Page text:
Englandís Oliver Pett has hung up his racket at the age
of 27 after a squash career peppered with highs and lows.
his junior years Olli was runner-up in the English U15
Nationals, represented England in the European Junior Team
Champs, and reached the U19 quarter-finals of the British Junior
He joined the PSA 2008 but his early years on Tour were marred
by the tragic death of his father to Motor Neurone Disease. Olli
committed himself to the sport in his fatherís memory,
dedicating his victory at the 2011 Windy City Open to the memory
of his father, and breaking into the worldís top 100 shortly
He was active on the domestic scent, competing in the British
Nationals, many BSPA events, and in the National/Premier League.
Olli rose to a career-high World #56 in Oct 2012, only for
health issues, coupled with his mother being diagnosed with
cancer, forcing him to be absent for two years.
He returned to action in 2014, winning the Keith Grainger
Memorial Open Ė a win he dedicated to his mother. But a further
injury meant another spell on the sidelines and a period that
saw tragedy strike once again as his mother lost her battle with
He returned to competitive action once more a year later,
reached the final of the Open du Gard six months ago, in
addition to appearing at the Windy City Open as a qualifier.
His last PSA appearance was in April 2016 at the Keith Grainger
Memorial, bringing down the curtain on a career that saw him
compete in 56 PSA events, winning 105 of 158 matches and
reaching five finals.
has been a difficult few months coming to this conclusion," Olli
"I have been playing squash since I was a boy and it has been my
life, and my familyís life, for as long as I can remember and
itís always been more than a job for me, itís been my whole
"This has probably been one of the hardest decisions Iíve ever
"Although there have been ups and downs, I have always loved
playing and loved the game. Sadly, my career has been plagued by
injuries. From the normal tears, rips and operations to breaking
my back to suffering a mini-stroke on court, it seems that I
wasnít going to get a run without something niggling at my
"Injuries are expected and although they often meant long
periods of recovery, the first big blow was actually the death
of my dad in 2008. Heíd been involved in my career my whole life
and losing him left a gap. Mentally, it was very hard.
"I got my head down and worked hard. But later I had a few
health issues I had to deal with, and at the same time, my mum
was diagnosed with cancer. She fought hard and I fought hard
too, and we got better together.
"But I was out for a two-year period. It gave me time to recover
and get stronger, to start getting myself into the best shape of
my life. One of my all-time favourite memories was after this
period when I won the Keith Grainger Memorial Open back in 2014.
"That was an emotional victory and I dedicated it to my mum. I
thought weíd come through the worst of it, I was back on track,
I was feeling strong and I was climbing the rankings and chasing
my dream of reaching the top.
"But I snapped my abductor and was sidelined for a year. At this
time, my mumís cancer returned. Timing is everything and,
although it was a miserable period in my life, my injury meant
that I was able to dedicate my time to looking after my mum.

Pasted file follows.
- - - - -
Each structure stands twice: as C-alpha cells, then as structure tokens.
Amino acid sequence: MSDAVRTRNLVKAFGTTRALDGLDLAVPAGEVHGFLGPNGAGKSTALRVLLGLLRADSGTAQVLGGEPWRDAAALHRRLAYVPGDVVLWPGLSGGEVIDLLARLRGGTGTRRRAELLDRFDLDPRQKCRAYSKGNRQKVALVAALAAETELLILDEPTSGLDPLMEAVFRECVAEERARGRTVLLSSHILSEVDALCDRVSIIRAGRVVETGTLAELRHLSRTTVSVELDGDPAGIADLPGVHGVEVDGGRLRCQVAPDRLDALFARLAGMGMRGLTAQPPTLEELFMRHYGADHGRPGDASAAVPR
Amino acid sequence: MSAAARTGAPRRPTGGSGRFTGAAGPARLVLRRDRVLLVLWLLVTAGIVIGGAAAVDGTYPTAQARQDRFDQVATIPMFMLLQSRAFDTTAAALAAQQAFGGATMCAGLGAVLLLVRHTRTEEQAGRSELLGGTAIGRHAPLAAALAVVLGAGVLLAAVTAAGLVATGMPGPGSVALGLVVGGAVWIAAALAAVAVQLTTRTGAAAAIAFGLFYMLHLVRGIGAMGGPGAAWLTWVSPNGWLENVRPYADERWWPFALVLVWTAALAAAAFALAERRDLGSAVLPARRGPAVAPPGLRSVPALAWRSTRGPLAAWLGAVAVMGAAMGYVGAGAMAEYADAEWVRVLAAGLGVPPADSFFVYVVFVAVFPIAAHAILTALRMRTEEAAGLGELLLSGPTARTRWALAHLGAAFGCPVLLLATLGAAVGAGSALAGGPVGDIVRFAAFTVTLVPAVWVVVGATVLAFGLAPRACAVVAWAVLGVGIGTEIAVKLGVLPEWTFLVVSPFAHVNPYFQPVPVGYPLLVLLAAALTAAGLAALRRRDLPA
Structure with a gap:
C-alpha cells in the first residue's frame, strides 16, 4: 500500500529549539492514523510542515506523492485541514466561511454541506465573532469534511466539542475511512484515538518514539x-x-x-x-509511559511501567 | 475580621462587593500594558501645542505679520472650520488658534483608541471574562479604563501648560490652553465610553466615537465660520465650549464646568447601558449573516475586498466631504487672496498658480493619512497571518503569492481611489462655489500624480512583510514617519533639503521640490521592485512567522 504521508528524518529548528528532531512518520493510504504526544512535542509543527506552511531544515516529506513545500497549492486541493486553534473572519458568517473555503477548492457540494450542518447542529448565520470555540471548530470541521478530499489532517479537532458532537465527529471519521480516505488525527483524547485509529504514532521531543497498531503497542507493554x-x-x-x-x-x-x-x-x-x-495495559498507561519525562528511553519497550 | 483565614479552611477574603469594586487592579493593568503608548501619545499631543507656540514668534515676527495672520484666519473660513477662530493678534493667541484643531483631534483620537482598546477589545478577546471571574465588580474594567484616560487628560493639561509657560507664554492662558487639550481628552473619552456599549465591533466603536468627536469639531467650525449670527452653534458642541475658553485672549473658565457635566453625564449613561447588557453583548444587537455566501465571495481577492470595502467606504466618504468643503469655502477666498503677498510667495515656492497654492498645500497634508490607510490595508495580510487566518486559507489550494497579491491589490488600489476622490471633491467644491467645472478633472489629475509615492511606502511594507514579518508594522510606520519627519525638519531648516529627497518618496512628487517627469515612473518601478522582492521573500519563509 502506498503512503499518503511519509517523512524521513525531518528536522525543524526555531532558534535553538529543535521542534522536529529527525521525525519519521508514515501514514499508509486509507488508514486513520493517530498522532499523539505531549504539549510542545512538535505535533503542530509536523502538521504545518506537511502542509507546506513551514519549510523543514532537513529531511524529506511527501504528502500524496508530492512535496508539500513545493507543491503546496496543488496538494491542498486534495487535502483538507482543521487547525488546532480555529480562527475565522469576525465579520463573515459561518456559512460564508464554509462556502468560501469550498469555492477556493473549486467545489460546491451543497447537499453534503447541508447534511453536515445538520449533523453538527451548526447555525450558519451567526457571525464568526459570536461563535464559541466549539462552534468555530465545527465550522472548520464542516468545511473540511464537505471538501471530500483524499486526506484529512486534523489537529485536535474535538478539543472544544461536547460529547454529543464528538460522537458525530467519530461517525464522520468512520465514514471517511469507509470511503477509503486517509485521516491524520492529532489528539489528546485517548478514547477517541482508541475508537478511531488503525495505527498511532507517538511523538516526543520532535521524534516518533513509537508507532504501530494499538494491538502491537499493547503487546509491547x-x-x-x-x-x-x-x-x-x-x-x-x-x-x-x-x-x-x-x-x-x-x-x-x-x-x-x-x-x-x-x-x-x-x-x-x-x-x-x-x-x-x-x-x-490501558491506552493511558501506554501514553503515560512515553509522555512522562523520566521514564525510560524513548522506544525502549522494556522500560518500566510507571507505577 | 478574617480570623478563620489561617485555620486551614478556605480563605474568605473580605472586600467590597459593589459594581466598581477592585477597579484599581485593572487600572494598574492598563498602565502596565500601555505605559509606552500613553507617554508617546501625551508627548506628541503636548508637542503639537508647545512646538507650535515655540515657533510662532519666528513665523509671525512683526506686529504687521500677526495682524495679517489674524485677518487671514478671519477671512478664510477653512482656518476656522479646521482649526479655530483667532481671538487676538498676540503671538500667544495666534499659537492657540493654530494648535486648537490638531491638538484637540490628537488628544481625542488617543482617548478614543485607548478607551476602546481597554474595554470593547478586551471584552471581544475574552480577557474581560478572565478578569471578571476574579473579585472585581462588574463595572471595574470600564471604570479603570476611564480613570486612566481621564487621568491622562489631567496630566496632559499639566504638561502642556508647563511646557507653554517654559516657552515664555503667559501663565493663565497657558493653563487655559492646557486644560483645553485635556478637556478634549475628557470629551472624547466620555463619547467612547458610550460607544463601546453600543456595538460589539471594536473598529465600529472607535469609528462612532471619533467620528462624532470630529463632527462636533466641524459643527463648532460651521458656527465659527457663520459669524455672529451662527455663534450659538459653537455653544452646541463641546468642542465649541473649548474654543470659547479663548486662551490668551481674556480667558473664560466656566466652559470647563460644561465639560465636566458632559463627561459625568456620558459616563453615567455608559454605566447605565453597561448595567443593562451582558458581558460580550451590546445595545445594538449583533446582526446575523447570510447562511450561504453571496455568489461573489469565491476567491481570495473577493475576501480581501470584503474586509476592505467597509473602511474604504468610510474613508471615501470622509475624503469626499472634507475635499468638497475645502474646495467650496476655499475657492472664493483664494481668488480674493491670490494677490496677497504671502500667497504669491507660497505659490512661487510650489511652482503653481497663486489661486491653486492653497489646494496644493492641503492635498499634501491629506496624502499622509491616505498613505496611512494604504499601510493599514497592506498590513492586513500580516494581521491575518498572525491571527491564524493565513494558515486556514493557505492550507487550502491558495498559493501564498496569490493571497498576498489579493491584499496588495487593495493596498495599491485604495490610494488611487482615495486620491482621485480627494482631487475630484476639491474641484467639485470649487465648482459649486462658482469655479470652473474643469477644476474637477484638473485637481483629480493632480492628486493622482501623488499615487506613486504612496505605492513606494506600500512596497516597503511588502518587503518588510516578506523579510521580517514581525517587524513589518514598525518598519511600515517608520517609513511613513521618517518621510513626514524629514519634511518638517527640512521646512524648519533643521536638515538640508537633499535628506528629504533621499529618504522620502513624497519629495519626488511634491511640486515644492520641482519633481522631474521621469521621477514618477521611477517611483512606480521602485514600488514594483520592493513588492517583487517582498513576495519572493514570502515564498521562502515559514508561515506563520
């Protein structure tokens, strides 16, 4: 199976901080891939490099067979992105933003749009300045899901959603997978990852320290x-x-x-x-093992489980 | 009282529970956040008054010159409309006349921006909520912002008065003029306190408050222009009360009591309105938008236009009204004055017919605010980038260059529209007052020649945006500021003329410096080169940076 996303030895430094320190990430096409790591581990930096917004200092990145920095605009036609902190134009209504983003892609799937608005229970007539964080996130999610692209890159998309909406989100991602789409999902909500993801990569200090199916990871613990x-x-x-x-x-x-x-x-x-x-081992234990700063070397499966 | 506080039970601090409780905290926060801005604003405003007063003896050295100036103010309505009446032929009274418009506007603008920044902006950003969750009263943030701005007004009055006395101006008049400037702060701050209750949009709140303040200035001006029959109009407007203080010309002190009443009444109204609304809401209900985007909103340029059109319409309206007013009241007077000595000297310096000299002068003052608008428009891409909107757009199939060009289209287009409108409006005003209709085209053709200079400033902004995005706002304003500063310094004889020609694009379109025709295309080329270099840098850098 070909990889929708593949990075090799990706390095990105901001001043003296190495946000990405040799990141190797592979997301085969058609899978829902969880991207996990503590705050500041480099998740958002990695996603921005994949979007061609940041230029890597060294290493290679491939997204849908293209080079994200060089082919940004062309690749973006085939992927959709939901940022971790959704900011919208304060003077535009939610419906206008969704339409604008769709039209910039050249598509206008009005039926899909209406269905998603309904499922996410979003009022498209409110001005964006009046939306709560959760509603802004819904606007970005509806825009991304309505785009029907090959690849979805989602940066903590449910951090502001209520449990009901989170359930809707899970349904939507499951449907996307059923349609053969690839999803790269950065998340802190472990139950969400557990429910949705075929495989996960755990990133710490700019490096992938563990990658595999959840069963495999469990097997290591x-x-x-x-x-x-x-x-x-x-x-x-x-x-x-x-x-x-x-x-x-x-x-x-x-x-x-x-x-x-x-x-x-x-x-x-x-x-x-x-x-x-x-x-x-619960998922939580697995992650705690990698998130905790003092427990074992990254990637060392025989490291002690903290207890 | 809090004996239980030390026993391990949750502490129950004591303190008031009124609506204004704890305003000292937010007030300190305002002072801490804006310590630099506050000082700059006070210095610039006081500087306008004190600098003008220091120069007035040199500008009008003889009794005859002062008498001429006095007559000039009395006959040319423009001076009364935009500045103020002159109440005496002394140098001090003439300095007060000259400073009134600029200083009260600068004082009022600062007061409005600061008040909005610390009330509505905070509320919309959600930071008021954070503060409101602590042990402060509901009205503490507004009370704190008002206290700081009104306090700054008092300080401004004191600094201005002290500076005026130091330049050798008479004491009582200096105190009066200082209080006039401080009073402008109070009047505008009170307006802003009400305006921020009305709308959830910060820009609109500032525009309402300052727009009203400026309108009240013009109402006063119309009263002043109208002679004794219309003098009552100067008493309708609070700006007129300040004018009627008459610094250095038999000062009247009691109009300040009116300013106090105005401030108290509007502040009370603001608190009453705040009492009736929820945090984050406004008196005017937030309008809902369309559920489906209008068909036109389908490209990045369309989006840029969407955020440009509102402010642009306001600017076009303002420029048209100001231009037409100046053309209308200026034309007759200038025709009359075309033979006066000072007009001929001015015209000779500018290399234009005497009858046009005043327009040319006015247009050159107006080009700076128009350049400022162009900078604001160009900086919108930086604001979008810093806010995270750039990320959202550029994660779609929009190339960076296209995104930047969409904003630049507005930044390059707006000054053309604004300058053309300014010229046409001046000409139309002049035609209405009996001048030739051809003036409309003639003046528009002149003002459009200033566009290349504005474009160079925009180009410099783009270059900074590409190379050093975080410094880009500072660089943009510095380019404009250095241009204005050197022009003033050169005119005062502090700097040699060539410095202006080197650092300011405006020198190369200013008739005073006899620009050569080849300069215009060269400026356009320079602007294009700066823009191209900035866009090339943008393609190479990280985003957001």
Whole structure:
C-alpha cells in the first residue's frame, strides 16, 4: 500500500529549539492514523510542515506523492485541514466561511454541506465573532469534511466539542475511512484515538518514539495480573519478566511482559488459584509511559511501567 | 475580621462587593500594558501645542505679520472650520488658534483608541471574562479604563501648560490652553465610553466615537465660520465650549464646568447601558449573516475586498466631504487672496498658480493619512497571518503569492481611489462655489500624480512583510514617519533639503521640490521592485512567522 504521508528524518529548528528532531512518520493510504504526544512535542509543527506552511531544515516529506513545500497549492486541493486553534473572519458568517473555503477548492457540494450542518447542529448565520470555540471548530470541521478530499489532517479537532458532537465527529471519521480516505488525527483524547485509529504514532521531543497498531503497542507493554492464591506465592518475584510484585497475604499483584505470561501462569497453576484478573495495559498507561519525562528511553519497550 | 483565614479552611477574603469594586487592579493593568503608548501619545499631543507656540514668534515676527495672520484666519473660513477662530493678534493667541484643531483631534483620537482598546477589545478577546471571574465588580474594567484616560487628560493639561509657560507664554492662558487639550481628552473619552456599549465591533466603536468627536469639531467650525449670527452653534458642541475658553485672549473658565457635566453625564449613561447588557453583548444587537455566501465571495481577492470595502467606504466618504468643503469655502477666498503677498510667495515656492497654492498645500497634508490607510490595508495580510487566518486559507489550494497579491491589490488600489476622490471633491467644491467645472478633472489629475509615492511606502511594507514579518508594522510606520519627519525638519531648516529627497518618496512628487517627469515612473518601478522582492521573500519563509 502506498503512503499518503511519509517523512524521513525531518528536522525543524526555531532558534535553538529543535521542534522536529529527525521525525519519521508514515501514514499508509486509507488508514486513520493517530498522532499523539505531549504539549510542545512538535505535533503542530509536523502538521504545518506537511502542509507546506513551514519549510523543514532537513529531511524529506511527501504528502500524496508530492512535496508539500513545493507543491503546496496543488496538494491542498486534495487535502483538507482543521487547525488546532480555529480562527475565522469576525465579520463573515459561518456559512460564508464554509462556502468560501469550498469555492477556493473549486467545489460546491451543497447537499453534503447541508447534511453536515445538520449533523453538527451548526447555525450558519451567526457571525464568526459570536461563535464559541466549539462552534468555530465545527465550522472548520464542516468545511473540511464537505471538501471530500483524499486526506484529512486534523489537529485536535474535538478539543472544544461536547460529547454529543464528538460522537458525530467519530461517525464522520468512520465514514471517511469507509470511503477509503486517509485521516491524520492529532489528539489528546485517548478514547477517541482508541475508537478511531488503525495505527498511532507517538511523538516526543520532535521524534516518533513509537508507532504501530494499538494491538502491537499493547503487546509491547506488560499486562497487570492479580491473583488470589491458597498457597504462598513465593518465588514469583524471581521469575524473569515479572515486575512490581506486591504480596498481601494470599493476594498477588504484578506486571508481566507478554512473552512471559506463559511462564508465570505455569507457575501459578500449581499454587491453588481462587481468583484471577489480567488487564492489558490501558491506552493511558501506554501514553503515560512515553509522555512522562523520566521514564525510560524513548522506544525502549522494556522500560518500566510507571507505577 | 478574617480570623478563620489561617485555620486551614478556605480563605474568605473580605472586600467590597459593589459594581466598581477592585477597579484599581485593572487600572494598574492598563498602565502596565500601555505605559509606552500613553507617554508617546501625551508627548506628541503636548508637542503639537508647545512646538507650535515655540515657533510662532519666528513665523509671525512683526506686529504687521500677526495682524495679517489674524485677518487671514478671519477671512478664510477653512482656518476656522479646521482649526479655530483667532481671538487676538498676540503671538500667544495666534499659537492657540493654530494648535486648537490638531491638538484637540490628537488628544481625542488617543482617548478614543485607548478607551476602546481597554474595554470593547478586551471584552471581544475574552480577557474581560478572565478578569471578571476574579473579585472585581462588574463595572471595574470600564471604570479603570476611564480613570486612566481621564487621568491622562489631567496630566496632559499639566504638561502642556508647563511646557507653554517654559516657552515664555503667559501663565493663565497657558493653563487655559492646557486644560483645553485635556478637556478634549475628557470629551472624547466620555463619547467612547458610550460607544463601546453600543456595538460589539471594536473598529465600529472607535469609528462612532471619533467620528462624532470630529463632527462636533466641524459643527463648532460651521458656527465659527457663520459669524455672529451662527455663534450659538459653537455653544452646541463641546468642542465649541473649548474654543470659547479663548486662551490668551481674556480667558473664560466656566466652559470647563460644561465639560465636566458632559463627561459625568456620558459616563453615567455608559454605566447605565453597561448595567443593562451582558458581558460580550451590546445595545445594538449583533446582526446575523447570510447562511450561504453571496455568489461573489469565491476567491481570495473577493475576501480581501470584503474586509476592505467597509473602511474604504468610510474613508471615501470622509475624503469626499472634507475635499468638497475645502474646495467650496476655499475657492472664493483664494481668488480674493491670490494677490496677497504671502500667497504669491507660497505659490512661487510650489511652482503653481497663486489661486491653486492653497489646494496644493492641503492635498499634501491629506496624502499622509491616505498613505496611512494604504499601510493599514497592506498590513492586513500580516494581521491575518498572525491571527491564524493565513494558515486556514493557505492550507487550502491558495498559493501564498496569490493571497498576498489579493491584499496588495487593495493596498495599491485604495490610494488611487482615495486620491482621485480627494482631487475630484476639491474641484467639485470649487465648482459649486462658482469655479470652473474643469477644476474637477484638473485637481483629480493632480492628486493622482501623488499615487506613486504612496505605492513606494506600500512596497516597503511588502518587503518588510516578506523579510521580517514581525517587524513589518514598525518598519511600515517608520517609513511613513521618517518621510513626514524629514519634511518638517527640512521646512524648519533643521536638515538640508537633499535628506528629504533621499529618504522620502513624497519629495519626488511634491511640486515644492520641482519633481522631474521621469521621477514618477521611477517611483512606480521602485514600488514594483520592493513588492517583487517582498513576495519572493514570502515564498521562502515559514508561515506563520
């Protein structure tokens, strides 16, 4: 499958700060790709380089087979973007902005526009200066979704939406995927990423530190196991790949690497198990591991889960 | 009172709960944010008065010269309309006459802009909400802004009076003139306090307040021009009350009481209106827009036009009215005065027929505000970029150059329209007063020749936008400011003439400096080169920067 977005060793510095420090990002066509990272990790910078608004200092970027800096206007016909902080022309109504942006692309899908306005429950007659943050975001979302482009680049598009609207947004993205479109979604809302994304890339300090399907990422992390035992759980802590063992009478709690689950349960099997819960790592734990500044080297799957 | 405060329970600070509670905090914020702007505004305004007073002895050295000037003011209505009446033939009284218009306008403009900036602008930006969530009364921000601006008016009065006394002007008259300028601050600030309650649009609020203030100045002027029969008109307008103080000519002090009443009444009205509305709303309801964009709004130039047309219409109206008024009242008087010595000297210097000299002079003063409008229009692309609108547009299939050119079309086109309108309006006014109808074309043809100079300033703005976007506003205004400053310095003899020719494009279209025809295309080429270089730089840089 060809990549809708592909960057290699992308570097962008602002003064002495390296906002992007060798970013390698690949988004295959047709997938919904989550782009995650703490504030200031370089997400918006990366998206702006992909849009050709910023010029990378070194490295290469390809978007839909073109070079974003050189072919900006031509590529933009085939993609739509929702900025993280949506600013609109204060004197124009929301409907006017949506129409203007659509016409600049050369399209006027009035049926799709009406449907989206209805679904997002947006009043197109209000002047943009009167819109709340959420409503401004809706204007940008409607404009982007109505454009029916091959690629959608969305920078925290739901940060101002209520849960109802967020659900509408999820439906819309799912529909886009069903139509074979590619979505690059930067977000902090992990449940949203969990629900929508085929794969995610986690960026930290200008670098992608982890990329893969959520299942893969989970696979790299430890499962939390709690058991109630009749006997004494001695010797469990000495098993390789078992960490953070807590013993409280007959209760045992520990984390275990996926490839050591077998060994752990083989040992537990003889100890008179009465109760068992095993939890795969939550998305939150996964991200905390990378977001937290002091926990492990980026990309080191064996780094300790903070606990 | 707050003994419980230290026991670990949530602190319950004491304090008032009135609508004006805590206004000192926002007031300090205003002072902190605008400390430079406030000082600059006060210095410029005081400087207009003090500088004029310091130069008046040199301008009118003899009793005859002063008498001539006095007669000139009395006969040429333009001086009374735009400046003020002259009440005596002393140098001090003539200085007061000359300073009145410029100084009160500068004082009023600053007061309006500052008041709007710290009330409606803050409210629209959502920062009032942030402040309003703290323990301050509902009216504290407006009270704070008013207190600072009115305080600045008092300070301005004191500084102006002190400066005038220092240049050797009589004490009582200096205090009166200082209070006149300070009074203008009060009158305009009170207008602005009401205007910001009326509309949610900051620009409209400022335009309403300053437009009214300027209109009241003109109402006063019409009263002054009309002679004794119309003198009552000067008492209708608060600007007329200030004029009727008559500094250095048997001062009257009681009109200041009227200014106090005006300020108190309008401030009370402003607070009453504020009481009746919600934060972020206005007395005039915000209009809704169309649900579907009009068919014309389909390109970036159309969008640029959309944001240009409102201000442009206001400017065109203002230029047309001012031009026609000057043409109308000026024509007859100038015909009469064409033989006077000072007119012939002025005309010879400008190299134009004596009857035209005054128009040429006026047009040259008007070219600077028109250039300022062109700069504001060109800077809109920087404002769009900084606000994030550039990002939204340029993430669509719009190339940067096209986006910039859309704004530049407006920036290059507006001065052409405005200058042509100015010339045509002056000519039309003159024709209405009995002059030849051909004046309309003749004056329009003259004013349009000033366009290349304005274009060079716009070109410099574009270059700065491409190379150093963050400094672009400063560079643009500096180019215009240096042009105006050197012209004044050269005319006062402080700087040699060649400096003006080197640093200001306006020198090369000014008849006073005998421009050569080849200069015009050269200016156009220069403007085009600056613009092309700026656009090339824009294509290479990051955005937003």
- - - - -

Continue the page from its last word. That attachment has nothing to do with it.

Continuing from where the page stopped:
"It was precious time together that Iím so grateful for now, as
she passed away last September. I cannot even begin to explain
what losing her meant, or how my life has changed in the wake of
"So, the last few months have been a battle. Mentally and
physically trying to get back on tour, Traveling with my
siblings in January for the Open du Gard, my first tournament
back, and then trying to find my form again.
"I was lucky enough to get a local spot in Chicago, where I
could play against the top players again, which was an
incredible moment for me.
"It summed up everything I loved in squash and why I had
dedicated my life to it. But the squash court is an intense,
competitive space, so while Iím still desperate to play, the
physical and mental wear and tear of the last few years is
beginning to show.
"Although itís a hard decision to retire, I want to thank so
many people for the opportunities Iíve been given. First, my
family, who have given everything they had so that I could have
the chances I did. I want to thank England Squash who have
worked with me since I was a boy.
"I want to thank Tim Vail for everything, without him I would
never have been the person or player I am today. He has worked
tirelessly with me and gave everything he could to help me
succeed. He is an incredible person and I am lucky to have
worked with him.
"I also want to thank the many physios and doctors who have
worked with me and Greg Pearman, who has helped me through my
"But mostly I want to thank my mother. She was an incredible
lady who was the brightest and most fearless person in any
situation I have ever met.
"She taught me everything I know and without her I could not
have pushed on as far as I have. So, thank you Mum.
"I love squash too much to leave it completely and there are new
chapters to explore now. This puts me at an exciting crossroads.
There are many aspects of the game I have always wanted to
pursue, physiotherapy, psychology, maybe university. There are
lots of things on the cards.
"Right now, Iím looking at staying involved in the game and
coaching, helping develop the game in my area. I feel I have a
lot to give still and want to be able to share my knowledge and
experiences with anyone who is interested."
Keith Grainger 2014
Olli at the 2016 Windy City
Olli Pett search